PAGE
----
Dark Chocolate: The Best and Worst Brands

2019 Edition

Hey chocolate lovers, this guide is continually updated. What we’ve noticed since first publishing 5 years ago is that there is an ever-increasing variety of dark chocolate out there. And… disappointingly it has become very difficult to find which manufacturers are using the dutch process (see below).

Dark chocolate: once considered a rare treat is now mainstream. It’s become the snack of choice for healthy eaters.

For good reason. It feels decadent, tastes great, and has researched healthy benefits (1) (2) (3). One small study showed participants ate less junk food after eating dark chocolate. This did not happen with milk chocolate. Another small study showed food intake following dark chocolate consumption was significantly lower than when eating milk or white chocolate (ref).

Even exercise capacity is increased when consuming dark chocolate!

There’s something about dark chocolate that makes me carefully indulge in a piece or two. Compared to milk chocolate when I would eat half a pack before I knew it.

The Flavanols

Research points to flavanols – a type of polyphenol in cocoa that helps lower blood pressure and improve vascular function, improve cognitive function, and even provides UV protection for our skin. Note there are many counter-arguments to this research (see more).

Dark chocolate has a higher proportion of flavanols than milk chocolate.

A higher percentage of cacao (cocoa) means a higher amount of flavanols.

Warning: Lookout for Dutching

The method used to process the raw cacao bean can affect the amount of flavanols in the end product.

If your chocolate says “processed with alkali” on the nutrition label, then it’s going to have less flavanols (more). Processing with alkali is called “dutching“.

Marketing labels

Many chocolates are tagged with all kinds of marketing words. Artisan, hand-crafted, fine chocolate. These are opinions and cannot be tested. Some chocolates are labelled gluten-free – which is odd as chocolate never contained gluten.

Healthy Dark Chocolate Brands


Organic, fair trade, non-GMO dark chocolate. No soy lecithin. Range of 55%-85%


(Discounted at Amazon)

Endangered Species

72% Cacao and 88% Cacao bars (panther). Also a 70% organic bar.

Ethically traded cacao. Social enterprise with a great theme focusing on endangered animals.


Discounted at at Amazon

alterecoAlter Eco

USDA Organic and Fair Trade. Range of dark chocolate. Look for 85% Dark Blackout or 90% Super Dark.


(Discounted at Amazon)


80%, 87%, and 95% cacao bars.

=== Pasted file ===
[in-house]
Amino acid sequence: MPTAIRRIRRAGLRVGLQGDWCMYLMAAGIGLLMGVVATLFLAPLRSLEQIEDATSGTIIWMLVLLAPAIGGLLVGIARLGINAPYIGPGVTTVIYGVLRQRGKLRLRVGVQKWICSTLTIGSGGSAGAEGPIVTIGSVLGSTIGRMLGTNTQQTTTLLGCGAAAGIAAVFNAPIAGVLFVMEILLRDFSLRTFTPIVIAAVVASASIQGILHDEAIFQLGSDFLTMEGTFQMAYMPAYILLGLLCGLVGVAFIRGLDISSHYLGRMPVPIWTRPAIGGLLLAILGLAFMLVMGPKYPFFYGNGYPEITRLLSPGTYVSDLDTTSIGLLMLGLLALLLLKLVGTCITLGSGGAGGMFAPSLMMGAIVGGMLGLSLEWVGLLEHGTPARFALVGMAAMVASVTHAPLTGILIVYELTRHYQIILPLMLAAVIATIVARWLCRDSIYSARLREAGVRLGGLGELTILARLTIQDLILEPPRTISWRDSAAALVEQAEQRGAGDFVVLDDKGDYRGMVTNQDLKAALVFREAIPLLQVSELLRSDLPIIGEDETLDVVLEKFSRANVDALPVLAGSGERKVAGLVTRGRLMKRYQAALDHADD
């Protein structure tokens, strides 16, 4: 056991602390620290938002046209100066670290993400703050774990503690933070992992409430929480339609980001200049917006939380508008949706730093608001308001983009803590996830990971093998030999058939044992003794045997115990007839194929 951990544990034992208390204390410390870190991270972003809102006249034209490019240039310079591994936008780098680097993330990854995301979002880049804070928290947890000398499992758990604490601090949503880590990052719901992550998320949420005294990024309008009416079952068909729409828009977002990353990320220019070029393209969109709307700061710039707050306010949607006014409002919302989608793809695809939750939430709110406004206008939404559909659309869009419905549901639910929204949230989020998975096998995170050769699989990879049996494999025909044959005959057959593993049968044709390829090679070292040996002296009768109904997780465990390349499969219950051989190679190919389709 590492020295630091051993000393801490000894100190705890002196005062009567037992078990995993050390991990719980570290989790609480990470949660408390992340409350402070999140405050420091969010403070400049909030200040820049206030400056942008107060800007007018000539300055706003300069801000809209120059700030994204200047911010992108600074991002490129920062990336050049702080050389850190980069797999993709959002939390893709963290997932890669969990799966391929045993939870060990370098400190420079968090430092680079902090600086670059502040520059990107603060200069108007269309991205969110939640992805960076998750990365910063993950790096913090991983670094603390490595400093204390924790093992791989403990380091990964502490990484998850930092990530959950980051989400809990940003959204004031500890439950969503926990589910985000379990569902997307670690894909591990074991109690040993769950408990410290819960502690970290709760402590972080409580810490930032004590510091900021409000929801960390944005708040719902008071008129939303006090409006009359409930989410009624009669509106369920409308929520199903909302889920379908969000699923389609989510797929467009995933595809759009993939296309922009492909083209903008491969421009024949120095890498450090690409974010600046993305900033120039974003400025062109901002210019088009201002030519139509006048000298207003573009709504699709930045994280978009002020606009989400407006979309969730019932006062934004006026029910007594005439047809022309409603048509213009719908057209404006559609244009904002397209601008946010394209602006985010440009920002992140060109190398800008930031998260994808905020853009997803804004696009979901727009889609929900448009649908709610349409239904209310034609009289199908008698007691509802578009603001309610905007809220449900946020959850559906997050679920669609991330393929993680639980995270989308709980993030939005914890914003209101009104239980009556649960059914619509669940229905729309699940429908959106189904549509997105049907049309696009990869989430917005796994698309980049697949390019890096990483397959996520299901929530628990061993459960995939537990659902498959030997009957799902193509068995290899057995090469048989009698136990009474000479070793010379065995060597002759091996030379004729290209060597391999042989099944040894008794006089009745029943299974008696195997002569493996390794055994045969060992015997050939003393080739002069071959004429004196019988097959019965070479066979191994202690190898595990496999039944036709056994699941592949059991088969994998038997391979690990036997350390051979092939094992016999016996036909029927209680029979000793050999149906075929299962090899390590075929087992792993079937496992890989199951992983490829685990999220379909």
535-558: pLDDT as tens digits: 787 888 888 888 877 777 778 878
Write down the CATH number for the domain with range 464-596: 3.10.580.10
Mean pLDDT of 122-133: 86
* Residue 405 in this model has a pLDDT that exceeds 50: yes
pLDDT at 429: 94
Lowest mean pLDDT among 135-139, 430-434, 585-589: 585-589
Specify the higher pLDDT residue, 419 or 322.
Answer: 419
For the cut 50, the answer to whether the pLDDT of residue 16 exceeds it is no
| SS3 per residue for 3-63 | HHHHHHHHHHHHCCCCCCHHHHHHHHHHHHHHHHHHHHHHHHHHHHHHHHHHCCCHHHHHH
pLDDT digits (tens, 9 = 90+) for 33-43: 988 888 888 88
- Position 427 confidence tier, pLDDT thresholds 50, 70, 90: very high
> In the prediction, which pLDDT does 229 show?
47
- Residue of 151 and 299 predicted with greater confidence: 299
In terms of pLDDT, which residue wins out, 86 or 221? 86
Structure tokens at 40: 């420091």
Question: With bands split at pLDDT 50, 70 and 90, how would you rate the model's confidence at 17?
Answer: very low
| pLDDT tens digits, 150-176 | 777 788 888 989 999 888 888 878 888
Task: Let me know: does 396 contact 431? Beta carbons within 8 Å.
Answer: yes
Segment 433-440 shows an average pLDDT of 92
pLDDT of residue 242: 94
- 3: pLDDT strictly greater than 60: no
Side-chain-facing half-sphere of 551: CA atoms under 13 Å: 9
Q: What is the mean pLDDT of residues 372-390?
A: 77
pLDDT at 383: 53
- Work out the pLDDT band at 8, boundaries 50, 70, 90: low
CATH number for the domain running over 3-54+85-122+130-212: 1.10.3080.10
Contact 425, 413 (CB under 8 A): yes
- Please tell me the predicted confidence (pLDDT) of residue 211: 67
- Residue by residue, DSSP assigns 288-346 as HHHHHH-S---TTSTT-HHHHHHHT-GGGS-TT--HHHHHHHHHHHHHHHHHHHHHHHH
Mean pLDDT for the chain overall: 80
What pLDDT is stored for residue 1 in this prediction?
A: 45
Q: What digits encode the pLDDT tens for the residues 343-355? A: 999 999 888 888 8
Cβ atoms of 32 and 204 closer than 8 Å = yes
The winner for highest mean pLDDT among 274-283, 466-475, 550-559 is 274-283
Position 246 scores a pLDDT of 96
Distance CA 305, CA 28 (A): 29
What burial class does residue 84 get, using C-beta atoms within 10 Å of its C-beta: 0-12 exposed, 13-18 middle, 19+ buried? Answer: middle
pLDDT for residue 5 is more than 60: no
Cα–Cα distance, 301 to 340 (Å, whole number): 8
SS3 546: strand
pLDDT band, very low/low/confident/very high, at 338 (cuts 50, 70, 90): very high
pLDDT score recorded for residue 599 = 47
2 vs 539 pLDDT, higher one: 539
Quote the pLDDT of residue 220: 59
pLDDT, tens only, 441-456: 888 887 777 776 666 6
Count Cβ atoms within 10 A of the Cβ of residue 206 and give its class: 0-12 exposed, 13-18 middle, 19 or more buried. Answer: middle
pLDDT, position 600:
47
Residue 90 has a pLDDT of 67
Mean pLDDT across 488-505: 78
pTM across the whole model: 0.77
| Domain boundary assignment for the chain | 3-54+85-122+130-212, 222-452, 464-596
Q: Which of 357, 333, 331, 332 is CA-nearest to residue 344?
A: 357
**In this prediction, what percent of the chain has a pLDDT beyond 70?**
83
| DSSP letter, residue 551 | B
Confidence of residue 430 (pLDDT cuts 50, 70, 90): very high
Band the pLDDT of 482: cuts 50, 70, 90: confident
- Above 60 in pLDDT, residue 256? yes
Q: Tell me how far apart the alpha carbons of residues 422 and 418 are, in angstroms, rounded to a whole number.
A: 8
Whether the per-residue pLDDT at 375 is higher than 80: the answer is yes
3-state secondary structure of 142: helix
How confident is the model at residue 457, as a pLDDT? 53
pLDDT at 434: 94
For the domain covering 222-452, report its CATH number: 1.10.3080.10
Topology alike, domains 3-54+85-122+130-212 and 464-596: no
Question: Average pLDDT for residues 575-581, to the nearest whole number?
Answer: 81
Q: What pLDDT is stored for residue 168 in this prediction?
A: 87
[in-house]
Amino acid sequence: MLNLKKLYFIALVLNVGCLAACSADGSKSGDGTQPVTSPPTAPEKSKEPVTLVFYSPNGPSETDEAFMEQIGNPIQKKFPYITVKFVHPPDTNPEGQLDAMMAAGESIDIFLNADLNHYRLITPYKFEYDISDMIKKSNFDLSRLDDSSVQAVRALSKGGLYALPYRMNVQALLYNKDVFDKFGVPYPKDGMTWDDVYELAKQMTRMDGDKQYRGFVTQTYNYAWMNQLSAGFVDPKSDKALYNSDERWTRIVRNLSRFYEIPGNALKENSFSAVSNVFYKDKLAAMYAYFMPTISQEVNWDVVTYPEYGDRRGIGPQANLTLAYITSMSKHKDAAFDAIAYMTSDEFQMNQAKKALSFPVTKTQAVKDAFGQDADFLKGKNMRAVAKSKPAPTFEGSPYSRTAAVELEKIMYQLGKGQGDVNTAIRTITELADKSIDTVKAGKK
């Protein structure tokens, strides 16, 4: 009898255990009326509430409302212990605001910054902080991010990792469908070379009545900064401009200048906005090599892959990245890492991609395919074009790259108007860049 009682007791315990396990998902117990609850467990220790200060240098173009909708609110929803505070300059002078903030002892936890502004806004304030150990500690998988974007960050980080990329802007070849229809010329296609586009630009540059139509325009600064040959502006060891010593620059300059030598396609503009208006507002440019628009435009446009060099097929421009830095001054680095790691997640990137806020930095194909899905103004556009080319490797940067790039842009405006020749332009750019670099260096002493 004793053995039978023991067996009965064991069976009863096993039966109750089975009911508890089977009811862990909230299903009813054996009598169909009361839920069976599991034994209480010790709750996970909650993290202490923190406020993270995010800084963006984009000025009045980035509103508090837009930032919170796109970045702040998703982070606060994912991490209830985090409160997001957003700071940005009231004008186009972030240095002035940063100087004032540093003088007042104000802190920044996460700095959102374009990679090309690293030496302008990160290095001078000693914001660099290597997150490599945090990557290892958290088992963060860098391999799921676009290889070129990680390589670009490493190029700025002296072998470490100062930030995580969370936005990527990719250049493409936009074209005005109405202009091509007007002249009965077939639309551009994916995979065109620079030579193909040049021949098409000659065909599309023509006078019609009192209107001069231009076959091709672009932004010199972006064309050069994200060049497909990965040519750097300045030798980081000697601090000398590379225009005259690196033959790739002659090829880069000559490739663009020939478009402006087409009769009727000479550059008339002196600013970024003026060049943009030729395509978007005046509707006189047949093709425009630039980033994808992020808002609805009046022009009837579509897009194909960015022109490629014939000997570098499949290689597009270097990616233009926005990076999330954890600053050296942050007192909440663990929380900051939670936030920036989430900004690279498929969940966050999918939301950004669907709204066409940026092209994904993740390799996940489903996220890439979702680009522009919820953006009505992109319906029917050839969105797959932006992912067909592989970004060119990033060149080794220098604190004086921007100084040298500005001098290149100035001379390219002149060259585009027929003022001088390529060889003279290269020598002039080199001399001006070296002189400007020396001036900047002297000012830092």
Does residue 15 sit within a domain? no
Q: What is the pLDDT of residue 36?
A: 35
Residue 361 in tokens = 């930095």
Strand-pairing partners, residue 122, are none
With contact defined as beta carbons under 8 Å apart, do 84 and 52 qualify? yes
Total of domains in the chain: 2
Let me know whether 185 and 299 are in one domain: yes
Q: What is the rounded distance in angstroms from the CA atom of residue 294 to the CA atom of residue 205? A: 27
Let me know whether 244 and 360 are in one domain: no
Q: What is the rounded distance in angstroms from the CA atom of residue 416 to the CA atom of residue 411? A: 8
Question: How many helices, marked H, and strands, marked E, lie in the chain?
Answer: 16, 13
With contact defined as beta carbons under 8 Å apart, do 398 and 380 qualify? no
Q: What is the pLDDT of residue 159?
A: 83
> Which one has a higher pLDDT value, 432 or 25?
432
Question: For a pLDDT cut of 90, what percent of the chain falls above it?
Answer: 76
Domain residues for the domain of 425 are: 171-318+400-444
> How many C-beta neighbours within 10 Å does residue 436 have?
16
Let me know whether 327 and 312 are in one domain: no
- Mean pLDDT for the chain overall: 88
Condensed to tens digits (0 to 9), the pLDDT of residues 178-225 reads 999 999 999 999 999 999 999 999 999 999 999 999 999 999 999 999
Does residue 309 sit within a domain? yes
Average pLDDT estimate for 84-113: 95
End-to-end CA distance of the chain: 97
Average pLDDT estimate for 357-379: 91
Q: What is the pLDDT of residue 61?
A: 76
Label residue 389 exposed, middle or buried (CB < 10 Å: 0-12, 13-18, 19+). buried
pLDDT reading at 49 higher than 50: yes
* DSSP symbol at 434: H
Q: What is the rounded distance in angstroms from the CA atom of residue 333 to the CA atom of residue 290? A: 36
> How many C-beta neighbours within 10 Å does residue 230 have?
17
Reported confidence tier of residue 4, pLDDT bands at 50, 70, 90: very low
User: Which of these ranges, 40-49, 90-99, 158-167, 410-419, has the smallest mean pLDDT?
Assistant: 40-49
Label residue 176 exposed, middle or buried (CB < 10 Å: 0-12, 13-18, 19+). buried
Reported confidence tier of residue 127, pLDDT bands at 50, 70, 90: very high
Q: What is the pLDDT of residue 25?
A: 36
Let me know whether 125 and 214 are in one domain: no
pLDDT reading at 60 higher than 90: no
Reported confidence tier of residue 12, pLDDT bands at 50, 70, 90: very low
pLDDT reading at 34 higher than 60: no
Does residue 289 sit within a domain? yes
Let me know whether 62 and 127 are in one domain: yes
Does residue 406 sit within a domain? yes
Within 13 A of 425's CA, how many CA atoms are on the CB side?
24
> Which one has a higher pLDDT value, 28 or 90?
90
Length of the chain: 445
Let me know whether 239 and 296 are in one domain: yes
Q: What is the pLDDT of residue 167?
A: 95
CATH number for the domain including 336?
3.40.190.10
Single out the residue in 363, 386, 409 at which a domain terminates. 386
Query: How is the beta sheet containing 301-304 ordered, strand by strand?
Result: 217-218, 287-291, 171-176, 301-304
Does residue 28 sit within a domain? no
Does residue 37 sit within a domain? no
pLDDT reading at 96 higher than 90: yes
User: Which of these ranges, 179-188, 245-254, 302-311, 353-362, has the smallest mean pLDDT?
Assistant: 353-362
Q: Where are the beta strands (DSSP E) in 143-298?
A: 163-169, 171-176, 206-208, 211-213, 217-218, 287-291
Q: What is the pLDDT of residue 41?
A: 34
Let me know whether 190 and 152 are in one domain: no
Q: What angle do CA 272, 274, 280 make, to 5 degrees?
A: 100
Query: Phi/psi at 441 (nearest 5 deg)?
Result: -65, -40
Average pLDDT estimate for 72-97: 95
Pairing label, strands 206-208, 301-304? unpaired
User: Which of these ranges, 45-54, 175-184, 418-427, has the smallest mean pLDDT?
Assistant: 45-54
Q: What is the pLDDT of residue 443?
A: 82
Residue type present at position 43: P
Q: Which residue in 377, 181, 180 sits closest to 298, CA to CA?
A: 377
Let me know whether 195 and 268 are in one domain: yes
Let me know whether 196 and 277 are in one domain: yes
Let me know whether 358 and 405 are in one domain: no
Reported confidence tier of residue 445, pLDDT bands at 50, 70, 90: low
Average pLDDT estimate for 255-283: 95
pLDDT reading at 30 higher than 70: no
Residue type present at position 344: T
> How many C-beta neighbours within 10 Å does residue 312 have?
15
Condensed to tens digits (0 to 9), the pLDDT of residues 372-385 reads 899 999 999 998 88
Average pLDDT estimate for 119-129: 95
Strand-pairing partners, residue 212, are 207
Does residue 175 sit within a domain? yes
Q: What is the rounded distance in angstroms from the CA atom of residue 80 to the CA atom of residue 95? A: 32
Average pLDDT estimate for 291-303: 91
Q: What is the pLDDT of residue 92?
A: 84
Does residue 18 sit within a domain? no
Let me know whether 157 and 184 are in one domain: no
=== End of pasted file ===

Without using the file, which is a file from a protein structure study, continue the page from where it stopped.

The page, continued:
Taza is probably the least-processed chocolate you can find. THE USDA organic chocolate combines just cocoa beans and sugar.


Discounted at Amazon.

Green & Blacks

70% Cacao and 85% Cacao bars. Organic and sometimes fair trade (e.g. Maya Gold).

The 70% includes Soy Lecithin – the 85% does not. There are no genetically modified ingredients.


Discounted at Amazon.


The Lindt Excellence range includes 70%, 78%, 85%, 90%, and 99% Cacao bars.

NOTE: Each bar has a different ingredients list. Here are ingredients as at 2018 (as sold in the US). The 85% is the best choice.

70% – Chocolate, sugar, cocoa butter, soya lecithin (emulsifier), bourbon vanilla beans.
78% – Chocolate, cocoa butter, sugar, fat reduced cocoa powder, milkfat.
85% – Chocolate, cocoa powder, cocoa butter, demerara sugar, bourbon vanilla beans.
90% – Chocolate, cocoa butter, cocoa powder processed with alkali, sugar, bourbon vanilla beans.


Discounted at Amazon


Pure make a range of organic dark chocolates, from 70% right up to a 100% bar.

100% USDA Organic, Fair Trade, and non-GMO certified.


Discounted at Amazon.


Based in Seattle, WA. 85% and a large range of different flavored 70% bars. A very simple ingredients list with no emulsifier.

Theo was the first US chocolate maker to be fair trade and organic, and continues to have one of the most ethical and transparent ‘bean to bar’ processes.


Discounted at Amazon.


Another company with ethical principles, offering 70% to 88% bars.


Discounted at Amazon.

Ghirardelli Intense Dark

86% Cacao Chocolate Bars (and a 92% if you can find it!). They have bars as well as small squares. The 86% uses Soy Lecithin as an emulsifier.


(Discounted at Amazon)


72% Cacao Chocolate Bars. Prior to 2017 this bar wasn’t processed with alkali but now it looks like it is according to the updated ingredients. Uses Soy Lecithin as emulsifier.


Discounted at Amazon

Pacari Organic Chocolate

USDA organic raw chocolate.

Wide selection including 70%, 85%, 100%. There is also a ‘101%’ (100% plus some extra coca nibs).

Most contain sunflower lecithin except for the 100%. They use coconut sugar to sweeten the less than 100% cacao bars.


Available at Amazon


70%-85% Cacao bars.